ROCKLAND, Maine — The owner of Village NetMedia announced Friday night that he has closed all his newspapers and related Maine websites effective immediately.

The closure means the end of weeklies The Village Soup Gazette in Rockland, the Village Soup Journal in Belfast, the Bar Harbor Times in Bar Harbor, the Capital Weekly in Augusta, and its entertainment publication The Scene. Former links to the news organization’s Maine websites now produce only a letter announcing their closure.

“The profound changes in the newspaper publishing business, a weak economy and our investment in new products created severe financial challenges. Over the recent months, I have worked with outside professionals to achieve a financial restructuring that would allow us to continue. These efforts failed as of 3 p.m. today, March 9, 2012. We can no longer sustain our operations,” owner Richard Anderson said in a statement.

The company employed 56 people at the time of the announcement.

“The company will cease operation beyond that which is necessary to complete the closure process,” Anderson said.

Employees were notified by email late Friday, according to two employees. There will be no severance, according to the employees.

Village NetMedia purchased the Courier Publications newspapers in June 2008. At the time, those papers consisted of the three-times-a-week The Courier-Gazette in Rockland and weeklies The Camden Herald in Camden, the Republican Journal in Belfast, the Bar Harbor Times and the Capital Weekly.

In November 2008, the company closed The Camden Herald by merging it into The Courier-Gazette, renaming it The Herald-Gazette and cutting the paper down to twice a week.

Last year, the company ceased publishing its Saturday edition of The Herald-Gazette and created a weekly called the Village Soup Gazette. The company also closed its printing plant last year in Rockland’s Industrial Park.

The Republican Journal was founded in 1829. The Courier-Gazette started in 1846 and the Camden Herald in 1870. The Bar Harbor Times is nearly 100 years old. The Capital Weekly was started after 1991.

“I’m shocked and saddened,” said Rockland Mayor Brian Harden. “I loved my Courier, whether it was to read the obituaries or to see who had been arrested. A community our size needs to have a newspaper.”

Harden, who is a member of the Rockland Historical Society, said he has grown up reading the Courier and believes a newspaper is important for an informed citizenry.

“Whether or not I liked what was written, it was important that something was written,” the mayor said.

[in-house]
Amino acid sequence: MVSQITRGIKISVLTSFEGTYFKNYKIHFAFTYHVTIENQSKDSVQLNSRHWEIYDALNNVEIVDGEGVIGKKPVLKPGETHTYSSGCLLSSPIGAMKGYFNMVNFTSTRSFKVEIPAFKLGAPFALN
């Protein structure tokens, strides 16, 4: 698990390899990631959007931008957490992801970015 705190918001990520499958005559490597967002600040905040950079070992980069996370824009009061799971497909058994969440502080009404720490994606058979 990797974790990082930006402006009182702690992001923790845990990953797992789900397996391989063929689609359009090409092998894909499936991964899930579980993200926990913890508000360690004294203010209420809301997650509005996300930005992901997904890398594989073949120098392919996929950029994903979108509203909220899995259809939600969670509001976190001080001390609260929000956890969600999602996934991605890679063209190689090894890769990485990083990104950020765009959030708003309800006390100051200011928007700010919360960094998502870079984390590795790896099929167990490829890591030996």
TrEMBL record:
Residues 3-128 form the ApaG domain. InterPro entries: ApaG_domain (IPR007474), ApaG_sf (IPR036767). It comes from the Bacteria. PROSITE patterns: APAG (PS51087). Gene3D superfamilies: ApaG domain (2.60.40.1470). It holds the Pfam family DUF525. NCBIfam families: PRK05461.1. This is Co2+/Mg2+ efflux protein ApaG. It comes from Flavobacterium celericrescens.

Raymond Gross, who worked for The Courier-Gazette for 33 years and retired in 1991 as publisher, said he is sad to hear of the closure but said he had seen the handwriting on the wall.

“I don’t think he [Anderson] wanted to be involved in the print media,” Gross said.

He said he understands the difficulties that newspapers are experiencing but that a county seat needs to have a newspaper. The retired publisher said he hopes someone will come in and start a new newspaper.

Belfast Mayor Walter Ash Jr. said he also was saddened by the news, particularly since the Journal had been such a part of Belfast.

“It hasn’t been the same paper the last two to three years,” Ash said. “A lot of people I talked to had not been buying it anymore. It’s been a long time since I bought one.”

Earl Brechlin, editor of The Mount Desert Islander and a former editor of the Bar Harbor Times, also expressed sadness.

“It’s a sad day when an institution of nearly 100 years evaporates,” Brechlin said.

Brechlin worked at the Bar Harbor Times in two stints totaling 18 years including 10 years as its editor.

Anderson could not be reached for comment Friday night.

In June 2008, when Anderson purchased the newspapers, he announced his vision for the publications.

“We will transform the way these newspapers do business as well as how they serve their communities, all to the benefit of readers, advertisers and organizations across the region. We will breathe new life into these newspapers by combining energetic local journalism with a forum for neighbors to share their views and a place for local businesses and organizations to serve in new ways,” Anderson stated on the VillageSoup website in June 2008.

He founded a website in 1997 and started the weekly Knox County Times newspaper in 2003 and the weekly Waldo County Citizen newspaper in 2004. He closed those papers when he purchased the Courier Publications papers. He also closed the Waldo Independent when he purchased those papers and merged it into The Republican Journal.

Anderson, through RMA Properties, sold in January the building at 301 Park St. in Rockland that had been the headquarters of VillageSoup’s operations and Village Soup Gazette. The building was sold to Knox County for $500,000 for the expansion of its public safety facilities. Village NetMedia had until March 30 to leave the building and had not announced a new location.

RMA Properties owns the property where the printing plant was located at 1 Gordon Drive in Rockland.